(99 + 99 = 198).

DAW or DAA in 8086 or other mnemotechnics used years ago, even in IBM 360
worked by the same way. If I remember well, COBOL, PL/1 and early versions
of Pascal used so called long BCD numbers that saves memory and were enough
long for accounting.
Who needs such arithmetics today...

Regards

Igor

{Original Message removed}

>Considering long BCD numbers that was DAA or DAW developed for, the carry
>never is set when you add two proper BCD numbers.
>(99 + 99 = 198).

Sorry, this is not true. When you are adding BCD 99 + BCD 99 you are really
Hex 99 to Hex 99 or decimal 153 + decimal 153, which can obviously generate
a carry.

>DAW or DAA in 8086 or other mnemotechnics used years ago, even in IBM 360
>worked by the same way. If I remember well, COBOL, PL/1 and early versions
>of Pascal used so called long BCD numbers that saves memory and were enough
>long for accounting.
>Who needs such arithmetics today...

BCD is very convenient if entering an displaying decimal values is an
important part of the project.

>Regards
>Igor

Bob Ammerman
RAm Systems

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>A notice only

>Considering long BCD numbers that was DAA or DAW developed for, the carry
never is set when you add two proper BCD numbers.
>(99 + 99 = 198).

I had to be blind or drunken not knowing about it :-). The previous sentence
isn't true of course.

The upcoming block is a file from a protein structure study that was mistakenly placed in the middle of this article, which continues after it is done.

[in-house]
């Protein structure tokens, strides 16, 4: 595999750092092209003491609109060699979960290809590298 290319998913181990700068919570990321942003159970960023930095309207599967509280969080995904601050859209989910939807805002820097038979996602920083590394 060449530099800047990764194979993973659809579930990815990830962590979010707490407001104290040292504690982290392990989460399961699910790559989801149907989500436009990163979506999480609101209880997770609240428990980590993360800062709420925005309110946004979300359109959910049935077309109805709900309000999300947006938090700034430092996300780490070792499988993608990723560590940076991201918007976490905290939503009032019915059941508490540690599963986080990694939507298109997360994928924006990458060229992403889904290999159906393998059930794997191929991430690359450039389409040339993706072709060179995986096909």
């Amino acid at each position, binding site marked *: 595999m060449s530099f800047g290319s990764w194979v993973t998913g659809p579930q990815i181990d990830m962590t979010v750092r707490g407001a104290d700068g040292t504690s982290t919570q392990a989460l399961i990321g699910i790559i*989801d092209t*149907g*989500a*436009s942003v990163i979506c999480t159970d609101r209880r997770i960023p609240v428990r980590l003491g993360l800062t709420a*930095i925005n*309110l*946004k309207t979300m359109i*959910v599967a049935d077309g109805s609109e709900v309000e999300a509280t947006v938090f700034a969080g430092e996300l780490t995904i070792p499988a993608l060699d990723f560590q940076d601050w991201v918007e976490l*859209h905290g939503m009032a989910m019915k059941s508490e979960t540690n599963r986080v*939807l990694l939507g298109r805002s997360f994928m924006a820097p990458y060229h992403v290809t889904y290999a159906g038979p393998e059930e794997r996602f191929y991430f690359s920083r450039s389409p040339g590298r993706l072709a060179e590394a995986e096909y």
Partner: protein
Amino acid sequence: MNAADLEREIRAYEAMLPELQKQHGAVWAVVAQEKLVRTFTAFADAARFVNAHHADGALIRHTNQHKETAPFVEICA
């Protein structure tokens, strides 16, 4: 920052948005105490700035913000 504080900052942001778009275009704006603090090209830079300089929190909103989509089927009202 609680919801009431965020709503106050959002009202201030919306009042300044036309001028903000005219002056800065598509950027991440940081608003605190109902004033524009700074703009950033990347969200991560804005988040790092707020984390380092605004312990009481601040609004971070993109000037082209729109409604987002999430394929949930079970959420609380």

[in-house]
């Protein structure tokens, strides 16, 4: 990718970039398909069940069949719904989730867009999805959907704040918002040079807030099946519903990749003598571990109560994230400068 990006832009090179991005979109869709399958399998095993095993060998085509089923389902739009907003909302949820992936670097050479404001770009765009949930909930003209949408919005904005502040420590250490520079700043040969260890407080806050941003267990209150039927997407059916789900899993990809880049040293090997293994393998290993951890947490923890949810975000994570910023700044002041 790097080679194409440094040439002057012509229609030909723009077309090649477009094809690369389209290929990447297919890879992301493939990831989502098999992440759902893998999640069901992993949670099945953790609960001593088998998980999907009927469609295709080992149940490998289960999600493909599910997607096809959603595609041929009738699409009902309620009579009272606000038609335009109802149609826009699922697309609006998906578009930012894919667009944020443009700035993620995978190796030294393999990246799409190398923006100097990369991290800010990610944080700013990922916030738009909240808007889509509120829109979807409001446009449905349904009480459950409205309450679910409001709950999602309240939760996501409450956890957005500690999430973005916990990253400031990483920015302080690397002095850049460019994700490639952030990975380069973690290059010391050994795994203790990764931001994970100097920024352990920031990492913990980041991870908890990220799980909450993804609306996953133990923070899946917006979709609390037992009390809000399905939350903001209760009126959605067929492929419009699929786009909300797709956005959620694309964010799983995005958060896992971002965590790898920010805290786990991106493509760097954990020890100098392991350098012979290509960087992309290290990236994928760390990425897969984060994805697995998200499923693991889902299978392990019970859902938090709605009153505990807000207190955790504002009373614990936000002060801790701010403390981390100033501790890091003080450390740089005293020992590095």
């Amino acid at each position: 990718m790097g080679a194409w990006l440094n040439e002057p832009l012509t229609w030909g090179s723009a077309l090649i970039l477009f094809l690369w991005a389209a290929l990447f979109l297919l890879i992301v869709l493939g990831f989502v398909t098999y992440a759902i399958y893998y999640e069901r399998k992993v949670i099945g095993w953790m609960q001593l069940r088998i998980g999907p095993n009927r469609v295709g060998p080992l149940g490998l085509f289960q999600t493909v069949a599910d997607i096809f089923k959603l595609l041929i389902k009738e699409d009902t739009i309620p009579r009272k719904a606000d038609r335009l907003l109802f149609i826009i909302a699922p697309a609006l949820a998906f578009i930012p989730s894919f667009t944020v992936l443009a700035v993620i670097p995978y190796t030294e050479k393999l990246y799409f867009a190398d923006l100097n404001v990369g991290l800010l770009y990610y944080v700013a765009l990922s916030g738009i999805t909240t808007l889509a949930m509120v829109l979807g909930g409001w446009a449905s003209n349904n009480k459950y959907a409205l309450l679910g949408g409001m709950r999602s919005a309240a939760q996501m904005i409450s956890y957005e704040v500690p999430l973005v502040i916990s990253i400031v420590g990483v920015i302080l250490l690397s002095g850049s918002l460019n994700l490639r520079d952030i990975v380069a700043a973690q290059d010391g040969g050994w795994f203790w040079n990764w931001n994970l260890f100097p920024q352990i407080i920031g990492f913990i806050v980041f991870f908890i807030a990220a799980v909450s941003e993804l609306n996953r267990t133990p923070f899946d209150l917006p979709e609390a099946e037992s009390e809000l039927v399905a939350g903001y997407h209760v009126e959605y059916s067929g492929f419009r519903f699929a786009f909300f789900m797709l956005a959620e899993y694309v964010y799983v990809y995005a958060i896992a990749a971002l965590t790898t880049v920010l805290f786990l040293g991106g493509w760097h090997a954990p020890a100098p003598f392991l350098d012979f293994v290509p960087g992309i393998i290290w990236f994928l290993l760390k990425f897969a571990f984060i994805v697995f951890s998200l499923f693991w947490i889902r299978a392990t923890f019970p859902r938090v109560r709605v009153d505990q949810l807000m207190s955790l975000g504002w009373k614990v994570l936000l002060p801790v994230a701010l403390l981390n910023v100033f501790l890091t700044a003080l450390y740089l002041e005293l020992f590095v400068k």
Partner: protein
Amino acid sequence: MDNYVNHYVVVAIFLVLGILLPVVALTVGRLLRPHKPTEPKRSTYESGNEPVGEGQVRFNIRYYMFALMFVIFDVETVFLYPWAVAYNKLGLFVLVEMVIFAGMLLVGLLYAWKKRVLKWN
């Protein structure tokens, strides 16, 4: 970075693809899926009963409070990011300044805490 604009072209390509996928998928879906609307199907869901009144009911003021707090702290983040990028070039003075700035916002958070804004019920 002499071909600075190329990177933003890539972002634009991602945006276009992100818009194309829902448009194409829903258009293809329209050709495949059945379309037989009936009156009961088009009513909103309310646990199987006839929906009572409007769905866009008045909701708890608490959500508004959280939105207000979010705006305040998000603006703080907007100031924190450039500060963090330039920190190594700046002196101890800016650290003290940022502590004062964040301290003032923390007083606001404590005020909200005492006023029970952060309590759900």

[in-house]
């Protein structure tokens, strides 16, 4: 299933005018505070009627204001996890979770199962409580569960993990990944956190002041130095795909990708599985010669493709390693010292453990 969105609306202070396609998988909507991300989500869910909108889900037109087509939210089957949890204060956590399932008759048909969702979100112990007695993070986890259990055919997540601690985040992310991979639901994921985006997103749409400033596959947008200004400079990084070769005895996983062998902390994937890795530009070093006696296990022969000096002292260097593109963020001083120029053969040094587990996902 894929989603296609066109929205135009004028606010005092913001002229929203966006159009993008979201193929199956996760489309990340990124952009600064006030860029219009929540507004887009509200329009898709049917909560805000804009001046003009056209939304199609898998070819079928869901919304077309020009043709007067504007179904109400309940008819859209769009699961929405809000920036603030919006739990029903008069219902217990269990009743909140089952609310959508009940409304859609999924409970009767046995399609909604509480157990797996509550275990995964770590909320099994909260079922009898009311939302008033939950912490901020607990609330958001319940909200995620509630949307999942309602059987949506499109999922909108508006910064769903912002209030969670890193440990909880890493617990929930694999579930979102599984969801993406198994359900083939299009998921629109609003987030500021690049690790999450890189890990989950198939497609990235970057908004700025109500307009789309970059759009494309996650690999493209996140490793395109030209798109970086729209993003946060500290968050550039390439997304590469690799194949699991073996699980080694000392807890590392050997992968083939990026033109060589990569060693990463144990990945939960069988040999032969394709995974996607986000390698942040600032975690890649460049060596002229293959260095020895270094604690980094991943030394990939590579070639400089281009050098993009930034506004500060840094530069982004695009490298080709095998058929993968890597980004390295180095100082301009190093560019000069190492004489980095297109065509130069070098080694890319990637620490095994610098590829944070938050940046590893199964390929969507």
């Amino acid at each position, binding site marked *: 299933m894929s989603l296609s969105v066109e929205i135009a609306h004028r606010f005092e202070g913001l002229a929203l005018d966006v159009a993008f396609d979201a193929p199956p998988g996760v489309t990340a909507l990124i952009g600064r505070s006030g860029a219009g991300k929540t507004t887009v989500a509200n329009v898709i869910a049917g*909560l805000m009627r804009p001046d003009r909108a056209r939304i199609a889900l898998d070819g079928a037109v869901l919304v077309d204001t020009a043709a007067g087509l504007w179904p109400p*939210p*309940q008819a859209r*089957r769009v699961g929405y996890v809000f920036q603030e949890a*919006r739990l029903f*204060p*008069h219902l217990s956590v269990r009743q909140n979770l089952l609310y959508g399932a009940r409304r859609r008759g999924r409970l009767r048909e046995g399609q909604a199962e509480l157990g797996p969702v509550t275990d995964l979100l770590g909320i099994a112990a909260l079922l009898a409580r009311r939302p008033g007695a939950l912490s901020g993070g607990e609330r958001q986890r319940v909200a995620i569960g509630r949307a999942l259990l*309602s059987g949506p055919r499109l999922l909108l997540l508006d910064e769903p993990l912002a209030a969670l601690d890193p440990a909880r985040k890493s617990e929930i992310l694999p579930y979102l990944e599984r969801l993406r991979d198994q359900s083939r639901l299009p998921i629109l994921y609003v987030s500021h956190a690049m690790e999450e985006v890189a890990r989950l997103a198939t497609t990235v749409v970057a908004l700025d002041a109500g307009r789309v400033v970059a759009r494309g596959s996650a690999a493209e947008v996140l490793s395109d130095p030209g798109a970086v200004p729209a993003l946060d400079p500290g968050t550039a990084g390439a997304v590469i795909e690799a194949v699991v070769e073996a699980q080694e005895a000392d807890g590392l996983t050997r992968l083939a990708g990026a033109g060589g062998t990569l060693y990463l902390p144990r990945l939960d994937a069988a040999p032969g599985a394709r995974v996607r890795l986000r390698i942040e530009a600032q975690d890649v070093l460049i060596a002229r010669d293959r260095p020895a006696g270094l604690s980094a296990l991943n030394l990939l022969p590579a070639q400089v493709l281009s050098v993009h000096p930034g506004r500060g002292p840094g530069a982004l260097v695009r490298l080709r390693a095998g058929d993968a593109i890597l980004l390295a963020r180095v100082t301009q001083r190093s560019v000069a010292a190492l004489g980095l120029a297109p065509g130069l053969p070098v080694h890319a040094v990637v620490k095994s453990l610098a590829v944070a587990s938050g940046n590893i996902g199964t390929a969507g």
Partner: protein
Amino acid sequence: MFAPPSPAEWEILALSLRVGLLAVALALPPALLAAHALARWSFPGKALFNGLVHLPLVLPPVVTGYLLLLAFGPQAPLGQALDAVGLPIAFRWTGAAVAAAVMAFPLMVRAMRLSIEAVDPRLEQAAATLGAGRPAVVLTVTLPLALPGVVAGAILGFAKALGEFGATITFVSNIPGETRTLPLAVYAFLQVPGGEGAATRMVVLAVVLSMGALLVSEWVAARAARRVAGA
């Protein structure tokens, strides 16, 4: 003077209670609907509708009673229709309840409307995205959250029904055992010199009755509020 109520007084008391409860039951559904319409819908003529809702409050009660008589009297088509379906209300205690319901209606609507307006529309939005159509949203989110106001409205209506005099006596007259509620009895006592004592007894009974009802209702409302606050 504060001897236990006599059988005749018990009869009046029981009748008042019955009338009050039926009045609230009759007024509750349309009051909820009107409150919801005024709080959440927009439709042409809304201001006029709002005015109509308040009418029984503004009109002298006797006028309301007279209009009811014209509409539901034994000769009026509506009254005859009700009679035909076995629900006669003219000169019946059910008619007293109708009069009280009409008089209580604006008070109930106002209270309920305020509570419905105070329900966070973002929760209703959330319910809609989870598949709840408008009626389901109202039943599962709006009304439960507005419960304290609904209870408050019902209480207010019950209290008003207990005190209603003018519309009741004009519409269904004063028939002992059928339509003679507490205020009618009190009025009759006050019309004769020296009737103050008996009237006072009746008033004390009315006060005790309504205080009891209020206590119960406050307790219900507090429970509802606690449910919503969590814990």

Igor

{Original Message removed}

Bob,

Correct me if I am wrong, but I don't think this will work reliably;
>
> Here is the best I have come up with for saving and merging carry.
>
>     RRCF          temp,f      ; remember the carry
>     DAW                           ; adjust the value
>     BTFSC        temp,7      ; was carrry set?
>     SETC                           ; yes: set it again
>

The RRCF will also shift a bit into the carry bit that may or may not
be what you want daw to make a decision on whether to add 6 to
the upper nibble or not. This initially looked good but when I tried it
I got some really strange results until I figured out what as going on.

The following is one instruction cycle longer but seems to work reliably.

MOVFF       status, temp      ; remember the carry
BTFSC        temp,0               ; was carrry set?
SETC                                    ; yes: set it again

It sure would have been nice if they had made Status Affected: None!

Mike Jones